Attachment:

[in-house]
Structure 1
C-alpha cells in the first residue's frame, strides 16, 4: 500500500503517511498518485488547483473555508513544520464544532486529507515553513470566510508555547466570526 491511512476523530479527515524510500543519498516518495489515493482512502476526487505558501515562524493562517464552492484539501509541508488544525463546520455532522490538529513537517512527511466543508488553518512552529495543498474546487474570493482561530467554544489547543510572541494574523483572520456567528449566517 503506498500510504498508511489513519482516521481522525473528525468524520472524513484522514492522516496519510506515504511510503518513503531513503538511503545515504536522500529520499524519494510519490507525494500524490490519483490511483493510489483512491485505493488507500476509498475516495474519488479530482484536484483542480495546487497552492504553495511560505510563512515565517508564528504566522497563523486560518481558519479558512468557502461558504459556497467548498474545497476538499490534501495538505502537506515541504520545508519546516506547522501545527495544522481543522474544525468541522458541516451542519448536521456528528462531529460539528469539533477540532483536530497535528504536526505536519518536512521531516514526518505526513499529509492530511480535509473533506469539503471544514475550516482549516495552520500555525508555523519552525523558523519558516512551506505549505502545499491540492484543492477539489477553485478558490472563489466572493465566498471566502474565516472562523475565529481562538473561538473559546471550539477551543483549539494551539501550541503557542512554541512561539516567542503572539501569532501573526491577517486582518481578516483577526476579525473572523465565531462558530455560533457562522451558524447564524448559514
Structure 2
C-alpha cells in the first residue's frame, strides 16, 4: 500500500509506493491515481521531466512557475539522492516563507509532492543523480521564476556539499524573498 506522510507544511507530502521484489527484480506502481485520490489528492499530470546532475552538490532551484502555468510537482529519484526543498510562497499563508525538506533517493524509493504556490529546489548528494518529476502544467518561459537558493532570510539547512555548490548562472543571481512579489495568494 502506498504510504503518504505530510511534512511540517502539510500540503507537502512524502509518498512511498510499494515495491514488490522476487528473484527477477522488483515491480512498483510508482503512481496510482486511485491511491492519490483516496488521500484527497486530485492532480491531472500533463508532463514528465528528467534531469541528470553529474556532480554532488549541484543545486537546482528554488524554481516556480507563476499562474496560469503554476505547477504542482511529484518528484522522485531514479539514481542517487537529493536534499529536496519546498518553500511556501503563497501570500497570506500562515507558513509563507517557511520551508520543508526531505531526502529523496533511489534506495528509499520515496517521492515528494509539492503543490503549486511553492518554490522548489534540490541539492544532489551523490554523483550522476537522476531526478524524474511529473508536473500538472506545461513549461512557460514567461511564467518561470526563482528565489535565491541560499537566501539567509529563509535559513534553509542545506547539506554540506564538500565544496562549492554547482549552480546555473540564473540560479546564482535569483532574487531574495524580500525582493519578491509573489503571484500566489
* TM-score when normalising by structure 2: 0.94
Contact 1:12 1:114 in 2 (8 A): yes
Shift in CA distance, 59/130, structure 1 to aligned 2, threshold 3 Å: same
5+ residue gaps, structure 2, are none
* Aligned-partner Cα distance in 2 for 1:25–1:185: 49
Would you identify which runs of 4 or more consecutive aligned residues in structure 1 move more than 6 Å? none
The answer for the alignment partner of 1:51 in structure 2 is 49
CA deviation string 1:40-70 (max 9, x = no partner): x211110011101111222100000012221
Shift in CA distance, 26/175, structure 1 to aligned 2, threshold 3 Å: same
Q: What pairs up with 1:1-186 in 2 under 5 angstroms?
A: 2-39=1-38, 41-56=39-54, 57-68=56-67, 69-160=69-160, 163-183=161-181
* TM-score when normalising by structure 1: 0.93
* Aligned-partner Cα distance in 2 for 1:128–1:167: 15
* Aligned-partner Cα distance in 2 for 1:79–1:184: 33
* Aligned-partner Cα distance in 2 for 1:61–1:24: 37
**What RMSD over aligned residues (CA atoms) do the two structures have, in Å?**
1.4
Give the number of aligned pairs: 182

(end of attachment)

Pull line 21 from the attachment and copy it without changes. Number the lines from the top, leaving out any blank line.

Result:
**What RMSD over aligned residues (CA atoms) do the two structures have, in Å?**